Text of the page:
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Submission of a Woman, by Alessandro Lucidi

Submission of a Woman

Daniela Poggi in Submission of a Woman

aka Al calar della sera
1992
91 mins
Italy
Produced by Paolo Lucidi for P.C. Coletti Productions
Director: Alessandro  Lucidi
Story & screenplay: Alessandro  Lucidi
Cinematography: Beppe  Maccari
Music: Claudio  Rovagna
Editor: Maria  Donolis
Art director: Simonetta  Vitelli
Cast: Daniela  Poggi (Luisa), Gianluca  Favilla (Giorgio), Paolo  Lorimer (the psychopath), Cecilia  Luci (the child), Andrea  Ward, Anna  Orso

This is a (very) late period Italian thriller from 1992 and directed by Alessandro Lucidi, son of the better known Maurizio.  The early 90s was a pretty dismal period for Italian popular cinema: although films were being produced, they tended to have low budgets and were made with broadcasting on television rather than cinema in mind.  They also tended to suffer from poor scriptwriting and acting, recycling old formulas with very little in the way of innovation or style.  So, although Submission of a Woman isn’t a particularly good film, it’s certainly not the worst of its type and time and stands comparison with the kinds of works that directors such as Lamberto Bava or Umberto Lenzi were producing under similar circumstances.

Luisa (Daniela Poggi), an actress, is getting weary of the sexpot roles she’s customarily offered, especially now that she’s in her thirties, married to Giorgio (Gianluca Favilla) and has a kid.  She’s also sick and tired of receiving phone calls from a crank caller, who insists on ringing whenever she’s alone and hanging on the line without saying anything.  And her problems are about to get much worse: the caller is actually a psychopath who has already murdered at least one unfortunate girl, and he’s settled on her as being his next victim.

One weekend, just before Luisa and Giorgio are supposed to go away on a romantic holiday, he attacks.  Giorgio doesn’t last long, but Luisa manages to lock herself in the house.  Unfortunately the phones have been cut off, so there’s no way of calling for help, and making a break for it is made impossible by the fact that she still has her baby to protect.

More of a slasher movie than a giallo – there’s no mystery element to the plot at all – much of the second half of the film is made up of a protracted cat and mouse game between Luisa and her crackpot attacker.  Some of it’s simply ludicrous – it’s one of those films where someone who knows where they’re going and is running seems to move more slowly than a pursuer who’s both on unfamiliar territory and walking – and the dialogue leaves a little to be desired; ‘I swear that if you leave I won’t sue you…’, for instance, is a novel line to say when you’re being held at knife-point by a psychopath.

Daniela Poggi in Submission of a Woman

Daniela Poggi in Submission of a Woman

There’s little in the way of violence, but it becomes increasingly sleazy as the running time progresses.  Nothing like the home invasion films of the 1970s, productions like La settima donna and Late Night Trains which had a much more gritty, raw feel; but there’s a lengthy rape sequence which goes on a little too long and in which the camera lingers a little too longingly over Ms Poggi’s naked flesh.  Bizarrely, given this – not to mention a weird flashback that implies she actually enjoyed the experience – it does a complete double take at the end and comes out as a wannabe treatise on small town prejudice and rebuttal of the opinion that, to paraphrase, just because a woman is wearing tight trousers she’s inviting every slime-ball in the vicinity to have sex with her.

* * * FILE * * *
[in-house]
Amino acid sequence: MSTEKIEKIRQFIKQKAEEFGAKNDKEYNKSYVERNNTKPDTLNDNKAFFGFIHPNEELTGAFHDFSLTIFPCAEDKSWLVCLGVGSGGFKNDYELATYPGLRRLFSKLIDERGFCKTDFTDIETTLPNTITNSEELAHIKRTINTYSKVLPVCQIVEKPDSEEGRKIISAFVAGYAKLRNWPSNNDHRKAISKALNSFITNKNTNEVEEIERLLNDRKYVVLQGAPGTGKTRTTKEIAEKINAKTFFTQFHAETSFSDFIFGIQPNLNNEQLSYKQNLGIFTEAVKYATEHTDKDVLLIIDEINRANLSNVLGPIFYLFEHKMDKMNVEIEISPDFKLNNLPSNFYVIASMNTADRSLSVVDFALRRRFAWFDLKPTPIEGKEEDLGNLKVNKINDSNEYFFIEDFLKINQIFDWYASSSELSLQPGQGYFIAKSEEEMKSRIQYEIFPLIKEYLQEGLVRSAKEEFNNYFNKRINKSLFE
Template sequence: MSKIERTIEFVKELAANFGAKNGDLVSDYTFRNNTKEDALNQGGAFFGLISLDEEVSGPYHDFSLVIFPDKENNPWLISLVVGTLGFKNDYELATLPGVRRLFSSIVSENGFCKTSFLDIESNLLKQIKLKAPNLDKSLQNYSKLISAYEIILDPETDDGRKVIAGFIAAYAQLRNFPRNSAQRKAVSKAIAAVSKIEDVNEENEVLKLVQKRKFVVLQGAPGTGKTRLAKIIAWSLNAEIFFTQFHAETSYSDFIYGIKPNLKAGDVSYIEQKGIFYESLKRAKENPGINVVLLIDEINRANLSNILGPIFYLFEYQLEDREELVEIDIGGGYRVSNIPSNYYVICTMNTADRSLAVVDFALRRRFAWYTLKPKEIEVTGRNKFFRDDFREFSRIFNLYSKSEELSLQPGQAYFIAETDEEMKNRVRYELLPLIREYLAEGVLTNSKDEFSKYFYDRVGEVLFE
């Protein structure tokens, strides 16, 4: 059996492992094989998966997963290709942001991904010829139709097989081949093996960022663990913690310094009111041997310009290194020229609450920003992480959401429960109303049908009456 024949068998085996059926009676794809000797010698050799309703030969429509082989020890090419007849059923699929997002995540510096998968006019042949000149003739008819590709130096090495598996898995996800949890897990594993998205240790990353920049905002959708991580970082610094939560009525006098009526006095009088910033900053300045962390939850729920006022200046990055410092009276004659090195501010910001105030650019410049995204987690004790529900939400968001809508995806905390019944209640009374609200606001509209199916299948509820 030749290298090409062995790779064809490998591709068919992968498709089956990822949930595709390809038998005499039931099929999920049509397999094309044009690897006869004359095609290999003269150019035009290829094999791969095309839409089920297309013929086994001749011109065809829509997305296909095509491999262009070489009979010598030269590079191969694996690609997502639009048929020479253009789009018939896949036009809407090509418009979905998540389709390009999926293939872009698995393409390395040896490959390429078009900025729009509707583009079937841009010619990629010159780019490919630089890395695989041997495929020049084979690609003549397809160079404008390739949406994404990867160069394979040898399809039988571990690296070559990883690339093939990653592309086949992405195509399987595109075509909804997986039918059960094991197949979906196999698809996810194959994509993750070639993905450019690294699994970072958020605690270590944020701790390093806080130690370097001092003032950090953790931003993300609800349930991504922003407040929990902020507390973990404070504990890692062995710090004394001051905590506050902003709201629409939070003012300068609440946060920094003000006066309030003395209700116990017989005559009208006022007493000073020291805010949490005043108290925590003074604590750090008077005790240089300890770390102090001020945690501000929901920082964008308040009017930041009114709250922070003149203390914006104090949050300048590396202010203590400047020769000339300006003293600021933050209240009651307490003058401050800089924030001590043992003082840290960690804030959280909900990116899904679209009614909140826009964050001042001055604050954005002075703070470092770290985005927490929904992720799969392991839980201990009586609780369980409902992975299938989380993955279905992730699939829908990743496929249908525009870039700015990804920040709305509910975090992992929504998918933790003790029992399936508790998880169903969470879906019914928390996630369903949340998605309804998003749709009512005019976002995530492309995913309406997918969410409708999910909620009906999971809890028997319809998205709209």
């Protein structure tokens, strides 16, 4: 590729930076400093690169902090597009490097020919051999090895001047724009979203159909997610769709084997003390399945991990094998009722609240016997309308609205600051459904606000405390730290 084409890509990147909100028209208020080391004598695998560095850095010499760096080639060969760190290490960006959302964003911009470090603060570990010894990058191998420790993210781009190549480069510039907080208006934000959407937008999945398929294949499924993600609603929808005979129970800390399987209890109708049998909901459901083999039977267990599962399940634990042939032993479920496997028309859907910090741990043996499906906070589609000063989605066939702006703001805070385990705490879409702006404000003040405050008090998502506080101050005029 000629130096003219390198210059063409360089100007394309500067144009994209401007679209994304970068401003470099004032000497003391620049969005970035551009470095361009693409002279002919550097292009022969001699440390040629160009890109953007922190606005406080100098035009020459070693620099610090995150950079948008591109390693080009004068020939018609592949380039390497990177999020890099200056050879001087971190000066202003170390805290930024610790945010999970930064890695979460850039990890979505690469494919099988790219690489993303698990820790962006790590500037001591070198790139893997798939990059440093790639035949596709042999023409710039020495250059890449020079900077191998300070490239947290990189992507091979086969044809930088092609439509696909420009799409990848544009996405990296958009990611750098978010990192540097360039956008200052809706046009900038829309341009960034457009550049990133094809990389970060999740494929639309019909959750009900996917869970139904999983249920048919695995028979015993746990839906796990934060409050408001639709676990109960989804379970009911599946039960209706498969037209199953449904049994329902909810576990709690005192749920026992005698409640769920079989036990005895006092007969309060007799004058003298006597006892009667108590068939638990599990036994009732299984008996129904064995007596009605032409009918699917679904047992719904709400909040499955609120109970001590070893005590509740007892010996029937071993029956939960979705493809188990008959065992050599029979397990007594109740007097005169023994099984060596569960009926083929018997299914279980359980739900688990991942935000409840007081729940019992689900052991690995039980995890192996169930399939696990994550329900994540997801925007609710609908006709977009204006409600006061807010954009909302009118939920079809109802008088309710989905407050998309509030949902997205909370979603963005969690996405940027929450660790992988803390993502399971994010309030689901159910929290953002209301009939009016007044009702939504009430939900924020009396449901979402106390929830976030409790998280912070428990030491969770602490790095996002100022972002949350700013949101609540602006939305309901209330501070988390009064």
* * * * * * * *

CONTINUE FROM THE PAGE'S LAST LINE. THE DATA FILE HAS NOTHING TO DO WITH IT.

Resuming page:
Lucidi does his best, using the claustrophobic setting pretty well and generating a fair amount of tension.  A respected editor, he also directed two other films, a pair of sexy comedies from the early eighties called La maestra di sci and Il marito vacanza (both 81).  Stylistically, his work very much resembles that of Lamberto Bava, and if he’d have started his directorial career twenty years earlier he might have had a chance of achieving something more substantial.  Unfortunately, as it is Submission of a Woman has the dull, flat look and dismal music (seemingly inspired by Angelo Badalamenti’s soundtrack for Twin Peaks) that so characterised Italian productions of its time, and it comes across much like a less respectable version of those dull TV slasher movies that were made in the wake of Halloween.

As for the cast, it’s really a two hander between Daniele Poggi and Paolo Lorimer, who are both actually rather good.  Poggi, a familiar performer since her debut in The Gestapo’s Last Orgy, looks a bit like a more mumsy Jamie Lee Curtis, and she manages to bring some character to her part.  Lorimer was a new face to me, and a pasty, goggle eyed face at that, but he’s actually been in a few films over the years, including The Sin eater (2003) and Fade to Black (2006).  A couple of other interesting names also crop up in the crew: assistant director was Edoardo Margheriti, Antonio’s son, and Diego Spataro is credited as ‘capo macchinista’; whether this is the same Diego Spataro who also produced films by Joe D’Amato and Demofilo Fidani is unknown.